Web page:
The Cuban Missile Crisis
October 18, 2012 by Bob Livingston
On Oct. 15, 1962, U.S. intelligence workers analyzing photos taken by a U-2 spy plane discovered that the Soviet Union was building medium-range missile sites in Cuba. Seven days later, President John F. Kennedy gave a televised address to announce the discovery to Americans and to proclaim that he was ordering a naval “quarantine” of Cuba to prevent Soviet ships from transporting offensive weapons to the islands. The President made it clear that America would not stop short of military action to end what he called a “clandestine, reckless, and provocative threat to world peace.”
For the next 13 days, Americans believed that nuclear war with the Soviet Union–a war that would leave major U.S. cities like Washington, D.C., New York and Los Angeles incinerated–was about to break out any second.
The discovery of missile sites was actually the culmination of a dance that had been taking place for some time between the Soviets–who apparently had been itching to get the U.S. to “discover” the sites–and the Americans–who, despite reports by Cuban defectors and U.S. intelligence that the Soviets were up to something–had forbade U-2 planes from flying over and photographing the western part of Cuba for weeks.
For days, Kennedy was pushed hard by the Joint Chiefs and the CIA to invade Cuba. Declassified documents and audio recordings Kennedy secretly had made of Oval Office conversations reveal that the U.S. may have been much closer to a military coup than nuclear war sparked by the Soviets.
The Joint Chiefs and the CIA had been quite unhappy with Kennedy since the Bay of Pigs debacle. Eager to eliminate the threat of a Soviet stronghold so close to the U.S., the Joint Chiefs had proposed a plan in 1962 called Operation Northwoods which called for setting off false flag events that could be blamed on Cuba. In addition to staging attacks on the U.S. base at Guantanamo with the use of friendly Cubans in uniform setting off explosives in and around the base, Operation Northwoods suggested the development of a Communist Cuban terror campaign in Miami, sinking a boatload of Cubans en route to Florida, and blowing up a planeload of American college students over Cuba.
But Kennedy rejected the plan outright and eventually fired Joint Chiefs Chairman General Lyman Lemnitzer when he wouldn’t stop advocating for a Cuban invasion.
During the height of the missile crisis, Marine Corps Commandant General David Shoup and Air Force Chief of Staff Curtis LeMay were recorded badmouthing Kennedy after he and Defense Secretary Robert McNamara had left the room.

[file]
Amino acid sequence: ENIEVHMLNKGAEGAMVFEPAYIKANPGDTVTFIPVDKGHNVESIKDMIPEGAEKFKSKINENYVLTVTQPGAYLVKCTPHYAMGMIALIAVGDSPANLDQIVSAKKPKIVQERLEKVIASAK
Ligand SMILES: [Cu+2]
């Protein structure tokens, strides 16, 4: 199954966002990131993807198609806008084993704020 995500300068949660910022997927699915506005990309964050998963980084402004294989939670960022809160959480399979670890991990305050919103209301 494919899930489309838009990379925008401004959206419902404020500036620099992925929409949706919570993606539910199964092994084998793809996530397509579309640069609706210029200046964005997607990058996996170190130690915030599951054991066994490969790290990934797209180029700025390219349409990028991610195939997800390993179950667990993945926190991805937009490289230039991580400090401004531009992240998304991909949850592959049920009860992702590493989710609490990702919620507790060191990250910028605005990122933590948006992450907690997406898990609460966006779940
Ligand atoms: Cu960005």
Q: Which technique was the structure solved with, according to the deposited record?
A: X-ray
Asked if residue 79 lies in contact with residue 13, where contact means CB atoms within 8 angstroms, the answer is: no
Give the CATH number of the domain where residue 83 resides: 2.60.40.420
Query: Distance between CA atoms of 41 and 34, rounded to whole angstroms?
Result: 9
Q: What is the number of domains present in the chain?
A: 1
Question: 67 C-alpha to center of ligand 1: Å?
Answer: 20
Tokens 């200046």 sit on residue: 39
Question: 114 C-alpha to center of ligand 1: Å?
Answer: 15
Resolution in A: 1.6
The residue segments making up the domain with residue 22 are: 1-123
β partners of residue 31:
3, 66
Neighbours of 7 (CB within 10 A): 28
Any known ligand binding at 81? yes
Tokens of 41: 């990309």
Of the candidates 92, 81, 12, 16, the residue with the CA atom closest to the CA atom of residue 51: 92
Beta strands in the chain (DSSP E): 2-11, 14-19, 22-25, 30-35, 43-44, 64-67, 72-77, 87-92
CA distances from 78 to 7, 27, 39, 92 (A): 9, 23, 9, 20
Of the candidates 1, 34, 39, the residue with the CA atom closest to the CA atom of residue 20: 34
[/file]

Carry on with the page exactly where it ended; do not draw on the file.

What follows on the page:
But LeMay wasn’t afraid to confront Kennedy to his face. In the book Brothers: The Hidden History of the Kennedy Years, David Talbott writes:
[LeMay] decided to violate traditional military-civilian boundaries and issue a barely veiled political threat. If the president responded weakly to the Soviet challenge in Cuba, he warned him, there would be political repercussions overseas, where Kennedy’s government would be perceived as spineless. “And I’m sure a lot of our own citizens would feel that way too,” LeMay added. With his close ties to militaristic congressional leaders and the far right, LeMay left no doubt about the political damage he could cause the administration. “In other words, you’re in a pretty bad fix at the present time,” he told Kennedy.
Attorney General Robert Kennedy conducted backchannel negotiations with the Soviet leadership that eventually ended the crisis. The Soviets agreed to dismantle the missiles and all offensive weapons in Cuba in exchange for an American promise not to invade the island and that U.S. missiles would be removed from Turkey.
In his memoirs, Soviet leader Nikita Khrushchev wrote that a Soviet fear that the U.S. military was about to stage a coup against President Kennedy–which was confirmed by Robert Kennedy during their backchannel conversations—led to the Soviets to agree to end the conflict.
“We could sense from the tone of the message that tension in the United States was indeed reaching a critical point,” Khrushchev wrote.
Many believe that Kennedy’s stands against the CIA and Pentagon over three events—the Bay of Pigs, the Cuban Missile Crisis and the buildup in Vietnam—led to his assassination at the hands of the CIA.